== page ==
Photo by Sean Stout

Ganglians, G.Green, Fungi Girls

Wednesday, July 28, 2010 – Undisclosed Location – Sacramento

Venues so discrete we have to refer to them as “undisclosed locations” are where the raddest shows go down. These hole-in-the-wall, permit-be-damned DIY dives are incubators for garage bands ready to put their art on parade for the ultra-knowing scene. The covert show I attended on Wednesday gave discounts to members that found out about it through a taco stand–it’s that exclusive. As a member, I was there to see a night of local celebrities in the making, a 7-inch release and three teenagers from some vast distance called Cleburne, Texas.

Fungi Girls, the band from Texas, are a strong case study as to why these shows exist. The 16-year-old lads possess one solid driver’s license, at best, between the three of them. Fungi Girls’ tour is a teen movie in the making about a summer road trip without mom and dad. If that is indeed the story, I’m eternally jealous of how those young dudes must feel traveling around the country playing gigs to strangers in California. The best I was doing at 16 was overnight basketball camps at the local college.

Fungi Girls recorded is alarmingly impressive, but a further shocker is that the lo-fi sonics translate well to the live setting. I recall a few brief moments during the more shred-heavy jams, thinking it was like watching Weezer before they were signed, which is meant as a compliment. It might be tough to stomach, but there was a time when Weezer was a celebrated comparison. It’s clear the Fungi dudes’ tastes are growing beyond Woodsist and HoZac Records catalogues, as the set flourished with songs that ripped and balanced into a few sprawling numbers–they grow up so quick.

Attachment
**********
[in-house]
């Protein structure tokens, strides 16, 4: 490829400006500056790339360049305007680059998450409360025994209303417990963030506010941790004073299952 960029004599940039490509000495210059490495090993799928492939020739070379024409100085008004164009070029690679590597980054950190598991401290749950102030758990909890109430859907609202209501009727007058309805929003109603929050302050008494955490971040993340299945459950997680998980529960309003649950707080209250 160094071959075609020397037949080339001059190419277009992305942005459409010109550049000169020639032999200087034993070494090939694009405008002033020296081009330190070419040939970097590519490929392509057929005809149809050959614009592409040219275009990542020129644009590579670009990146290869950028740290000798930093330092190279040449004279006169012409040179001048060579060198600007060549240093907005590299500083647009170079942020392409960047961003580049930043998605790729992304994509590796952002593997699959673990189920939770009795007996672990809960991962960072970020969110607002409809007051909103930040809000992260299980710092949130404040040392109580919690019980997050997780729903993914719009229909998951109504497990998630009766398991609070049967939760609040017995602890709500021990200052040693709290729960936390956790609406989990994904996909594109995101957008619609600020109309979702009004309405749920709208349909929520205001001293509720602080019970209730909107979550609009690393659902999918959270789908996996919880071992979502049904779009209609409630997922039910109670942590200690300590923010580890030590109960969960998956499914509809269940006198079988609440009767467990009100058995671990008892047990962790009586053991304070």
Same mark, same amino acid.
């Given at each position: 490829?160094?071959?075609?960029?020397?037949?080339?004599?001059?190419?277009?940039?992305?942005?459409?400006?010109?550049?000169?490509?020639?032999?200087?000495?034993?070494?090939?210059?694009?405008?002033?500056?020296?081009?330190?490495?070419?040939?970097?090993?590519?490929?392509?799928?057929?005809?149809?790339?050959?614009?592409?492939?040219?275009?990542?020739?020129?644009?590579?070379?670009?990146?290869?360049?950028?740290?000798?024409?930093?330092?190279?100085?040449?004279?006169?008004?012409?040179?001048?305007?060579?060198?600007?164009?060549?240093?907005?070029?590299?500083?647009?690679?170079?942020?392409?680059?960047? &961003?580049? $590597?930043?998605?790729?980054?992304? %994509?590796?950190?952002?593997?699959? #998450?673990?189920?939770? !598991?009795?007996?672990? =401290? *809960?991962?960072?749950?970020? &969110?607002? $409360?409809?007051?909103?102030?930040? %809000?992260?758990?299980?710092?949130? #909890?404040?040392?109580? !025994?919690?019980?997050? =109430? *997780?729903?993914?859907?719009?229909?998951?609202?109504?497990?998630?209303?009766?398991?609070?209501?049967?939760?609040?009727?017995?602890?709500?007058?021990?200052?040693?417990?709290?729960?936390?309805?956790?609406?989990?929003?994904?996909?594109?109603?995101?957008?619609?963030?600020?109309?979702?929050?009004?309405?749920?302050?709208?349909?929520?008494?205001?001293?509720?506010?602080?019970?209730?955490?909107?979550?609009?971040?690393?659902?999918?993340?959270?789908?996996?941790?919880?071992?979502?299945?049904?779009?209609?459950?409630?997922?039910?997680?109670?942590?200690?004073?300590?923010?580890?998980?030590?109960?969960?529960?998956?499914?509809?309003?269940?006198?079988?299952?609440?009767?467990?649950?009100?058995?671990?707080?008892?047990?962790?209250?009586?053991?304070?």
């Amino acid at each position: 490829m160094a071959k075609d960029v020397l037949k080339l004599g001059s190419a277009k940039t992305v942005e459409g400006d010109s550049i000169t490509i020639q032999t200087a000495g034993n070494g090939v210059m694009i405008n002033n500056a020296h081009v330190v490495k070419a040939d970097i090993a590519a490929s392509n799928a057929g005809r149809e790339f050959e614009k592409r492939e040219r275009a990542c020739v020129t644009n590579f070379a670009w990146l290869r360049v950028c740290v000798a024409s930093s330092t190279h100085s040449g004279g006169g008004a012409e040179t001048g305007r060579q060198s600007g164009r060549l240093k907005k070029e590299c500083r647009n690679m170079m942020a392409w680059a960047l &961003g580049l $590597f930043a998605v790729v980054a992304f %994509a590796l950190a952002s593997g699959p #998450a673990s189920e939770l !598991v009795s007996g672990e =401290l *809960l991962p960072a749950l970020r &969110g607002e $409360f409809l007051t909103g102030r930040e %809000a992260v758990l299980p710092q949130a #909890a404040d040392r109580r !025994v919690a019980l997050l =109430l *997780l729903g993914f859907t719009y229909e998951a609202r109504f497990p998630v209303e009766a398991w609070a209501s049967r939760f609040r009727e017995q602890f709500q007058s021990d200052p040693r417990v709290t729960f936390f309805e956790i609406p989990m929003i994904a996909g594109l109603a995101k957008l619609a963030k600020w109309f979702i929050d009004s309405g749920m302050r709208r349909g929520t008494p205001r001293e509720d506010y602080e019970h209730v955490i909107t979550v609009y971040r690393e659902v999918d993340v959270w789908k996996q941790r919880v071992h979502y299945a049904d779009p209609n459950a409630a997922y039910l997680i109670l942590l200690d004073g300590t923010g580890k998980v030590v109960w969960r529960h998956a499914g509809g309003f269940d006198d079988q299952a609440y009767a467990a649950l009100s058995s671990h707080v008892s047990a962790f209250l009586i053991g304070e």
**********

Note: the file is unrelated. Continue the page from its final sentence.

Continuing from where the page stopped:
The boys of Fungi Girls played a tight set, devoid of the minor tuning lapses. Drummer Skylar Salinas was a beast in the backdrop, stuttering in the occasional light-speed drum roll with a surgeon’s precision. (Is there a Doogie Howser joke there?) The Fungi Girls played “Owsley Knows,” a favorite that is catchy beyond belief, and closed with the A-side and B-side of its HoZac 7-inch.

Comfort is a sacrifice for good entertainment. There’s no air-conditioned room for members and as I walked in, the door girl was notified that my friend and I would be the last new entrants. This meant a packed, windowless room that sat without ventilation through the dead heat of summer, would be filled to the walls with bodies. If the lineup is hype-worthy enough, attending a renegade gig is comparable to an economy pack of tampons stuffed inside a nuked hot pocket–in this metaphor you’re a tampon.

Ganglians are back from its European tour. Besides a release party for friends G.Green, the night was a welcome home to the gangly ones. The room was a pre-heated oven, but Ganglians counteracted the burn with its breezier songs, playing a new song called “My House” and “Crying Smoke.” The latter I have never seen performed live, but it turns out I’m not the only local who feels a soaked connection to it. People in the back clapped along, heads swayed to the acoustics and the throng of front row beauties danced with each other.

Feeling at home, lead singer Ryan Grubbs announced they would play a song the band wrote the night before, proceeding to pull out his cell phone to hear a recording he made, so as to remember the chords. Shouts of “play ‘Voodoo’” were honored as Ganglians closed with the request, a song I no longer recognize.

Often I’m shameless in decrying the DIY show, as it breeds exclusivity. Last Wednesday was an exception. If it weren’t for DIY shows, Fungi Girls’ touring schedule would slim dramatically and Ganglians would not have an intimate hideout to share its demos with friends.

    Blake Gillespie

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    Bourbon enthusiast. Infrequent shaver.